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Moving To Downtown Tampa: The Urban Market Scene






Drive or walk along Polk Street near Franklin Street in downtown Tampa and look for the bright red awning and shutters. The splash of color on a street of otherwise muted tones welcomes patrons to Duckweed Urban Market, a small beacon of what's to come as the neighborhood evolves into a bustling residential community in pursuit of all things that sustain life.

Michelle and Brent Deatherage established Duckweed in 2010 as residents of downtown Tampa recognizing a need. With a previous career in home improvements, Michelle Deatherage knew that opening Duckweed would be a neighborhood improvement.

The Deatherages named their market after the duckweed plant, a native species of Florida and the smallest flowering plant in the world. Because Duckweed is among the "smallest markets in the world and in Florida,'' the name seemed fitting.

Since then, Duckweed Urban Market has become the go-to spot (and sometimes savior) for anyone needing a carton of milk, a dozen eggs, a cup of yogurt, a loaf of bread, a roll of paper towels, and other basic as well as specialty items.

Some of the most popular products sold at the approximately 600-square-feet market? Whatever Pops, eggs from Orange Blossom Farms (in Oak Hill), Fiber Gourmet pasta (based in Miami), Sami's bakery items, Barn Cat honey (in Hernando County), Cafe Hey sandwiches and Buddy Brew coffee.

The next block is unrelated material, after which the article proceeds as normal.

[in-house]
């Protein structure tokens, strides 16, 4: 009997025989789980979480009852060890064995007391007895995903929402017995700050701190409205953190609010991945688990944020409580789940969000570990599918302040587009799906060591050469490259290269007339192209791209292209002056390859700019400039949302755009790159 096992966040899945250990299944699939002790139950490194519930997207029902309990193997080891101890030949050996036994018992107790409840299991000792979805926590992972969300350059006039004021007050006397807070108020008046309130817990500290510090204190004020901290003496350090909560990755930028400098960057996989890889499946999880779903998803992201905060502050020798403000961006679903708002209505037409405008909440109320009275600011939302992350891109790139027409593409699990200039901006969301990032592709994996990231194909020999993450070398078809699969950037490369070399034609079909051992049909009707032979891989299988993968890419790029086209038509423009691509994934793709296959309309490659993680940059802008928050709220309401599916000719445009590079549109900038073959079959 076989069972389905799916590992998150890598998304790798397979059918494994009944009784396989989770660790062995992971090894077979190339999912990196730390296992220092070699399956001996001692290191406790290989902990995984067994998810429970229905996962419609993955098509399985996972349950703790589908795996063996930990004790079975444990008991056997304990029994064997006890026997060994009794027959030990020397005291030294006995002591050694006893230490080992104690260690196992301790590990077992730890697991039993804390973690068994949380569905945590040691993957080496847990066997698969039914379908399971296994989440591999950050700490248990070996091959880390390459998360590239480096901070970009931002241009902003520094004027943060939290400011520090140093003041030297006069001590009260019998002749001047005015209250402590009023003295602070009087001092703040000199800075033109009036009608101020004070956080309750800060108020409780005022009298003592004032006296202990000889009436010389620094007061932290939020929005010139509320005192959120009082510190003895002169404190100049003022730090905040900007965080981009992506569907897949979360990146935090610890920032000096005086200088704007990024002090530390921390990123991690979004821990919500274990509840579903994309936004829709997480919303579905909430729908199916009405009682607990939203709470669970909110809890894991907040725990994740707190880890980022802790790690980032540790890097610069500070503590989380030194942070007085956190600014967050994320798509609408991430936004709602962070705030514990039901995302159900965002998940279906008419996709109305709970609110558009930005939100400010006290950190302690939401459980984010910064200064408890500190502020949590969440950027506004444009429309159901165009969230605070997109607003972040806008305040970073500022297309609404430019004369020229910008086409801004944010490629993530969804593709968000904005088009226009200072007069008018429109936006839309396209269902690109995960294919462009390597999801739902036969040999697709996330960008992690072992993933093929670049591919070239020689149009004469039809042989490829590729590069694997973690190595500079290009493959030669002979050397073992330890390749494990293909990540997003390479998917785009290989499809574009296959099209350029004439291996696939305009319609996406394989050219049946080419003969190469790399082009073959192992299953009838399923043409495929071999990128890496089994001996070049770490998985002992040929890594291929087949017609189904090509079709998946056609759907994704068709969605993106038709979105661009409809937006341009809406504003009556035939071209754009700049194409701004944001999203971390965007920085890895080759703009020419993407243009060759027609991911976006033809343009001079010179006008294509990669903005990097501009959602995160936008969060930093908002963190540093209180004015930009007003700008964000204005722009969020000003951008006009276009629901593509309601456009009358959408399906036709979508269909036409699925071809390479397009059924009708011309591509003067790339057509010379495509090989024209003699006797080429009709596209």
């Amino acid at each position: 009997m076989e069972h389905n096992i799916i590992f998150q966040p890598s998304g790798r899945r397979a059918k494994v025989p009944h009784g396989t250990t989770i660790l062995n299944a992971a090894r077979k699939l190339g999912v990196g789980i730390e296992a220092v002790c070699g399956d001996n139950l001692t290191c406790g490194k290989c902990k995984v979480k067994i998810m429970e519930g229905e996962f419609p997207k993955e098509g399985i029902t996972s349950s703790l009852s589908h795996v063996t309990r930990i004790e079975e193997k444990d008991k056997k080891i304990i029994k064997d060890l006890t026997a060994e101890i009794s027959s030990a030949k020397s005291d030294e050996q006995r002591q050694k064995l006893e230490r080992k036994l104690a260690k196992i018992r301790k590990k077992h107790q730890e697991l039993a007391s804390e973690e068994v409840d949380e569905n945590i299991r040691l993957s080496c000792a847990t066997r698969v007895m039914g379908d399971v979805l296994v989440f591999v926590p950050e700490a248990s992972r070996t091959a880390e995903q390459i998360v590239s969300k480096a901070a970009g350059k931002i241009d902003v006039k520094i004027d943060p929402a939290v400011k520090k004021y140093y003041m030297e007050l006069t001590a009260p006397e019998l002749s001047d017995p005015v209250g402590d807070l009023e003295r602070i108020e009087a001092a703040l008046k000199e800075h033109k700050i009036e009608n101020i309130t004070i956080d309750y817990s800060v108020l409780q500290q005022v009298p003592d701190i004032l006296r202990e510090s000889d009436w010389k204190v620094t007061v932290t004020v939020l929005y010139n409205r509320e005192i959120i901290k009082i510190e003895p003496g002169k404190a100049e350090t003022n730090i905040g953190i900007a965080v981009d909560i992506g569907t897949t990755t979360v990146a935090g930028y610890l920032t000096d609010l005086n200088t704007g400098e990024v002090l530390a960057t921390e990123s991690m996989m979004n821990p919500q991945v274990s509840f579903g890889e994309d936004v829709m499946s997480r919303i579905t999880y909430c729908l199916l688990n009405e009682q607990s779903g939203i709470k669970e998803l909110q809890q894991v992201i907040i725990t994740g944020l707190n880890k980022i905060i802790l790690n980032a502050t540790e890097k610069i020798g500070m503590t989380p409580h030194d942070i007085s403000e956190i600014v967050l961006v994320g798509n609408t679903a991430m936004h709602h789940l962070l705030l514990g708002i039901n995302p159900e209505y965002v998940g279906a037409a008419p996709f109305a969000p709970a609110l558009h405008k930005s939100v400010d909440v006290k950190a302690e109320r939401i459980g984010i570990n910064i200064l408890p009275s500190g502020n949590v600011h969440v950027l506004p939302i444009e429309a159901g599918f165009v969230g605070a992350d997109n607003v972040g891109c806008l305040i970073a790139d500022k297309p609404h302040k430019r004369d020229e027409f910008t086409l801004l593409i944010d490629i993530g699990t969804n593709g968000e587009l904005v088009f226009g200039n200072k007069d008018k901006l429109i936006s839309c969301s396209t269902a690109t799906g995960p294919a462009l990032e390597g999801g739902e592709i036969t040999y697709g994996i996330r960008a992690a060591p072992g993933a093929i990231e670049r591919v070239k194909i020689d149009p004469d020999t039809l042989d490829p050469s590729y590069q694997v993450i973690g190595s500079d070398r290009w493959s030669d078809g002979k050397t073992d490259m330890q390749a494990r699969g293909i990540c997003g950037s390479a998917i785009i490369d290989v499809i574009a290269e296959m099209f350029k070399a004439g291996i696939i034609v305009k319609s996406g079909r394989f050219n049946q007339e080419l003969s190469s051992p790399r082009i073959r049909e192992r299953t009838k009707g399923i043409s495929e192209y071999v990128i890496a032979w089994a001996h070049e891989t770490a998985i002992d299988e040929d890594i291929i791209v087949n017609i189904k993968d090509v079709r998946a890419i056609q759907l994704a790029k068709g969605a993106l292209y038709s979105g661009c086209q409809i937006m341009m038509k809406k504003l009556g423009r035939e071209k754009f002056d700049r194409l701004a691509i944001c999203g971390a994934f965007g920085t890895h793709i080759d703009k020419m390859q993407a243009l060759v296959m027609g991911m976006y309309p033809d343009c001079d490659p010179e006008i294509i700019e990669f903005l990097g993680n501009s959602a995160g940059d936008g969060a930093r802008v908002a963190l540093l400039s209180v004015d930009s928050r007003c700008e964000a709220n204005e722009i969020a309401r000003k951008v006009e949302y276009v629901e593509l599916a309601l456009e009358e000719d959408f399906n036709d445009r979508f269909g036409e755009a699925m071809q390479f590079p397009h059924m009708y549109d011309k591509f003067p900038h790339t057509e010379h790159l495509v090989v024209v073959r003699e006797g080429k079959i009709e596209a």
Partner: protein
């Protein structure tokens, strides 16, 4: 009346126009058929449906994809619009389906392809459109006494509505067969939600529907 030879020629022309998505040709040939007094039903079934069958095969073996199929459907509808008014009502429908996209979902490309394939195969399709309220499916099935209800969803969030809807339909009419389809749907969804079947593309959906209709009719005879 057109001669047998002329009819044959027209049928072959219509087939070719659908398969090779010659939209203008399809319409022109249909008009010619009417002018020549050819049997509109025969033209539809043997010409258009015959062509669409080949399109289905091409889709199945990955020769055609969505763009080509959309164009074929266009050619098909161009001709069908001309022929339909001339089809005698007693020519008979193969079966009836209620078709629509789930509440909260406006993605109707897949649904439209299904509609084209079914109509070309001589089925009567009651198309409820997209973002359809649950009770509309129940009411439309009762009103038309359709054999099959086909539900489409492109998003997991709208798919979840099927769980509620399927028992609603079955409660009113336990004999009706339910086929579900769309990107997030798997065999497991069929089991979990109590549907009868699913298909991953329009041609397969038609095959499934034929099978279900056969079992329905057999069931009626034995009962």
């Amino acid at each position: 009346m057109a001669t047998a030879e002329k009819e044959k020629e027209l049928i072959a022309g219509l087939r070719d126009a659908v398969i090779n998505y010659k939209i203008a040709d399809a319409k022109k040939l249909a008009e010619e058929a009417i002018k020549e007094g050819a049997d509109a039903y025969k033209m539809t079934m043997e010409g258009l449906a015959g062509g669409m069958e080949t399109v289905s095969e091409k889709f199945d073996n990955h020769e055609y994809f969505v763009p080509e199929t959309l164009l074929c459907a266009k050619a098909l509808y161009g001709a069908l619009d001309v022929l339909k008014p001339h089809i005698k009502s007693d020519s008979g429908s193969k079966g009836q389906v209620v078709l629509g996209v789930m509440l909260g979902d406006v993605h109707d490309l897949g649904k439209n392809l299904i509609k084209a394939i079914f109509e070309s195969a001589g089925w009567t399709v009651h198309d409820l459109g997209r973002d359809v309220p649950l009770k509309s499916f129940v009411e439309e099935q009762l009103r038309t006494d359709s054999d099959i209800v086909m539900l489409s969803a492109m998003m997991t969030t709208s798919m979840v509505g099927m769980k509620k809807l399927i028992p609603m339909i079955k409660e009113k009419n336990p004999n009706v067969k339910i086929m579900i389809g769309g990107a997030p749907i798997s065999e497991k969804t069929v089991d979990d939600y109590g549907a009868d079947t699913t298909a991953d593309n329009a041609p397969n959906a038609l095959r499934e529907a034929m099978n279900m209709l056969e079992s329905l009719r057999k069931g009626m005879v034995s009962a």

The customers enhance the charm of the market. One regular created a book about Duckweed and why it's her favorite market. The bulk (about 70 percent) of the customers are downtown residents (from nearby Element and SkyPoint), and the remaining are downtown workers, students, passersby, and patrons of Tampa Theatre, Kahwa Coffee and nearby hotels.

"Duckweed makes me wish I lived downtown, so I could visit more often,'' says downtown worker Jennifer Kopf. "It's the most complete little market, with a variety and the basics.''

Customers From Near And Far

Tampa Mayor Bob Buckhorn is a Duckweed customer; CNN newsman Anderson Cooper visited while on assignment in Tampa.

"We're really proud to be here, and are honored that our customers like what we're doing,'' says Michelle Deatherage.

What's next for Duckweed? A new, improved market four times the size of its current location. If all goes according to plan, the Deatherages will move Duckweed a few doors down to a larger location by mid-2013.

"We will have everything we have now, but double, including a beautiful selection of wine, craft beer, deli and gelato,'' says Deatherage.

Juliette Cassistre is a Boston area native who loves sunny Florida, fitness and health-conscious cooking and baking. She has been a freelance writer for several local publications, including a stint as a Food and Drink Website Editor. She earned her BA in Communications at Bridgewater State College in Massachusetts. Comments? Contact 83 Degrees.
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